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An Interview With Poet Christian Wiman

by Kevin Nance

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Online Only, posted 8.7.07

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Best known as the young and sometimes controversial editor of Poetry magazine, Christian Wiman created a different kind of stir earlier this year with the publication of an essay in the American Scholar that revealed, among other things, that he has a potentially fatal illness. Wiman, 41, suffers from Waldenström’s macroglobulinemia, a rare and incurable blood cancer.

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Current Issue

Cover Story 

Our Independent Publishing Issue features an in-depth interview with Graywolf Press editor Jeff Shotts; a look at the successful partnerships of eleven small-press authors and their editors; a profile of indie essayist Charles D'Ambrosio; Donald Hall recalls a golden age of American poetry; best-selling author Miranda Beverly-Whittemore on the rewards of self-promotion; advice for self-published authors; a conversation with Guernica publisher Lisa Lucas; and much more.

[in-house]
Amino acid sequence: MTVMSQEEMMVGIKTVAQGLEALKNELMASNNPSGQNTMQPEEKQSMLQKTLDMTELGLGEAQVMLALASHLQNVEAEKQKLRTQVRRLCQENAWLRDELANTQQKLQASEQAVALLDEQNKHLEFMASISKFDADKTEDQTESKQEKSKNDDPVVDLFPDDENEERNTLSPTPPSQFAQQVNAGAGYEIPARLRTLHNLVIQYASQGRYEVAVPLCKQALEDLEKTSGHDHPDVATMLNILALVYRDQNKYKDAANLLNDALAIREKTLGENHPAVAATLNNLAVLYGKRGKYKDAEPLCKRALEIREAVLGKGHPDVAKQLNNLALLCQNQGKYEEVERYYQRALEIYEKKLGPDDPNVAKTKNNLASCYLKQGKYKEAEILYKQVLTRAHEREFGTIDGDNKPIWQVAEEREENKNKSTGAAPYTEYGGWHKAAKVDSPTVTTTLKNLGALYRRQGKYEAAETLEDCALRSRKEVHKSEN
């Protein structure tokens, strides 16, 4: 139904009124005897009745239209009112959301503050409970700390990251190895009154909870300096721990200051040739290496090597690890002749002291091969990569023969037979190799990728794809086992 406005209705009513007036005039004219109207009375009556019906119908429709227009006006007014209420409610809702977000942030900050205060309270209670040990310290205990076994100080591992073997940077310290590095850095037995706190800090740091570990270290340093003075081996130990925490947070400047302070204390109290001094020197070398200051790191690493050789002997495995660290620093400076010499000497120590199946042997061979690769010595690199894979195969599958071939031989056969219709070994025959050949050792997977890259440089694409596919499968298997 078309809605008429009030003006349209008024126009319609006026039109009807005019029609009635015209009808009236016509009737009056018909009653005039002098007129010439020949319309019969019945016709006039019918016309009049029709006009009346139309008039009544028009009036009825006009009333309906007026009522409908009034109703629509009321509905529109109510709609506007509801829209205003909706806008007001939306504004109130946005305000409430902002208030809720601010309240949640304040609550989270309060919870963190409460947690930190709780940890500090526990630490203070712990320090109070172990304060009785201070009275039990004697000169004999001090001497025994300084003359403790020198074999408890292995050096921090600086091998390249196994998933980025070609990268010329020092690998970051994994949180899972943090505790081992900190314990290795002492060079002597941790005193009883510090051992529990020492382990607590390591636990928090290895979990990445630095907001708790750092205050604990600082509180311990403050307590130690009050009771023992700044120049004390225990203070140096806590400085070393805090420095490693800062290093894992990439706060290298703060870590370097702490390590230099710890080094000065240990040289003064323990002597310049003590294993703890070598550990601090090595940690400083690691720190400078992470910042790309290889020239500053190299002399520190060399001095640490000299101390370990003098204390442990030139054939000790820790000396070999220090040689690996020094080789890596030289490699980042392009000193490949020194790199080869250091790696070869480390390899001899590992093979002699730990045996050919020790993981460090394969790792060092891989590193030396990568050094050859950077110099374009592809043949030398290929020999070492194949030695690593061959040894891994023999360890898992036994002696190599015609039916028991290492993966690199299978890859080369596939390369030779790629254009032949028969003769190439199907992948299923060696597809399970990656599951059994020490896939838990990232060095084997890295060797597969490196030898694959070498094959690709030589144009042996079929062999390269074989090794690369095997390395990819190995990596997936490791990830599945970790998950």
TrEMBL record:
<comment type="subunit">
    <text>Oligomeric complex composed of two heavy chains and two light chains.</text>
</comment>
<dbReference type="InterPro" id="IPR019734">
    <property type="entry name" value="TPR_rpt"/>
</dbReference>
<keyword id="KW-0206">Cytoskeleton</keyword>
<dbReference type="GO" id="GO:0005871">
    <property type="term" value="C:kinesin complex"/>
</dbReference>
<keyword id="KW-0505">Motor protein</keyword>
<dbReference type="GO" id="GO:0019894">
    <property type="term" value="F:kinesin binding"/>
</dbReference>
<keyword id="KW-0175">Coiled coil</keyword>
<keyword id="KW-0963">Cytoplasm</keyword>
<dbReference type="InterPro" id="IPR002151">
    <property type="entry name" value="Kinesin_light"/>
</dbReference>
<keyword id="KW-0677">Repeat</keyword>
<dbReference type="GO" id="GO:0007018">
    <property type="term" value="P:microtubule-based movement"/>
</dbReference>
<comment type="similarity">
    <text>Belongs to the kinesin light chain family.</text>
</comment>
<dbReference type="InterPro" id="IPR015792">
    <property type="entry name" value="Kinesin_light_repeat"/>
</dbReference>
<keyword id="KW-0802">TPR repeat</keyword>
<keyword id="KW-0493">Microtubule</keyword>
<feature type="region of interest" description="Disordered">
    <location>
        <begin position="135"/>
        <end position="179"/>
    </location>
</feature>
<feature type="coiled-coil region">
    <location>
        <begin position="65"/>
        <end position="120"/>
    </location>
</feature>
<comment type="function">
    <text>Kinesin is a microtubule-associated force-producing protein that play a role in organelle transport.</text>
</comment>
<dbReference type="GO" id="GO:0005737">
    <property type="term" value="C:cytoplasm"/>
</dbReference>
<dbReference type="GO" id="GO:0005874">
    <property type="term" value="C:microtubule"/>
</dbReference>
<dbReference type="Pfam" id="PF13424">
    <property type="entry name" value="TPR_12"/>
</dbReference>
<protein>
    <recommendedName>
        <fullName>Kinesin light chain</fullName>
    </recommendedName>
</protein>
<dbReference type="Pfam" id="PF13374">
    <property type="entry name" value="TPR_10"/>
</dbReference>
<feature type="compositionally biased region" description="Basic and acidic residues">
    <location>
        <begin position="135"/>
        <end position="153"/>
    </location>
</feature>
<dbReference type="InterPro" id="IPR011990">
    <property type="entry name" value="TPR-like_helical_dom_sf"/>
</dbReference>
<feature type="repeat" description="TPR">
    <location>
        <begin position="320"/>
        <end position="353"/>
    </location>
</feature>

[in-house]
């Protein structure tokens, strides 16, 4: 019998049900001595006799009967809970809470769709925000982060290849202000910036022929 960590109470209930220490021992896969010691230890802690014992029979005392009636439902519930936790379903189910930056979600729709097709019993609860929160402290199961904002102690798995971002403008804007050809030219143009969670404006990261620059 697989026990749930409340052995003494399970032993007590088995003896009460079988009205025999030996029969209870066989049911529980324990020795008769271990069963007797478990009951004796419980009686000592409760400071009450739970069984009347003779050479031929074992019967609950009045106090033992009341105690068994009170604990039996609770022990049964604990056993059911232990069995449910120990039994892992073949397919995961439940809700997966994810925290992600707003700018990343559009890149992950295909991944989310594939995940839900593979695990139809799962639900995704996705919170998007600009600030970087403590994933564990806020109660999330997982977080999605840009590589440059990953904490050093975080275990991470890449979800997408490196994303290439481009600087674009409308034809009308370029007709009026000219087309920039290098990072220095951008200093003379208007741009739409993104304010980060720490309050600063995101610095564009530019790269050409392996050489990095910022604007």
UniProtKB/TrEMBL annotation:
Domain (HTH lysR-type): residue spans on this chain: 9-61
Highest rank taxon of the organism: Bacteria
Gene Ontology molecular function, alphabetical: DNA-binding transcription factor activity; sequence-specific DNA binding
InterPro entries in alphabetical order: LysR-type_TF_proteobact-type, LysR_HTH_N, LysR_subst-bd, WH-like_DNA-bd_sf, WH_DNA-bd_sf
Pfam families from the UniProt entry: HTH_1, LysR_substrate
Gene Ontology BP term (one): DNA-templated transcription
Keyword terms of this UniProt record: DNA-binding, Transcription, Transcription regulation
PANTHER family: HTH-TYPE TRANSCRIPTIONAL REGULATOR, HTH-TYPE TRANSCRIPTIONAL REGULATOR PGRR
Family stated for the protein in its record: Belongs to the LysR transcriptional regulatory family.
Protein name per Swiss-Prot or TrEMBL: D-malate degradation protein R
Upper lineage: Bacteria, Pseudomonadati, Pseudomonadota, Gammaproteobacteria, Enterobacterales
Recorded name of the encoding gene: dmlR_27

Finding Gems in Lost & Found

by Rebecca Bates

News and Trends

Posted 10.15.14

November/December 2014

The Center for Humanities at the CUNY Graduate Center in New York City is making the ephemeral more tangible through its Lost & Found chapbook series.

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Let's Just Do This: Eleven Small-Press Authors and their Publishing Partners

by Kevin Larimer

Special Section

Posted 10.15.14

November/December 2014

Eleven small-press authors and their publishing partners discuss the independent approach—and all the passion, commitment, and love that comes with it—to bringing books into the world.

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Agents & Editors: Jeff Shotts

by Michael Szczerban

Special Section

Posted 10.15.14

November/December 2014

Graywolf Press executive editor Jeff Shotts discusses the power of patience in publishing, editing as an act of empathy, and why it’s an exciting time to be a poet.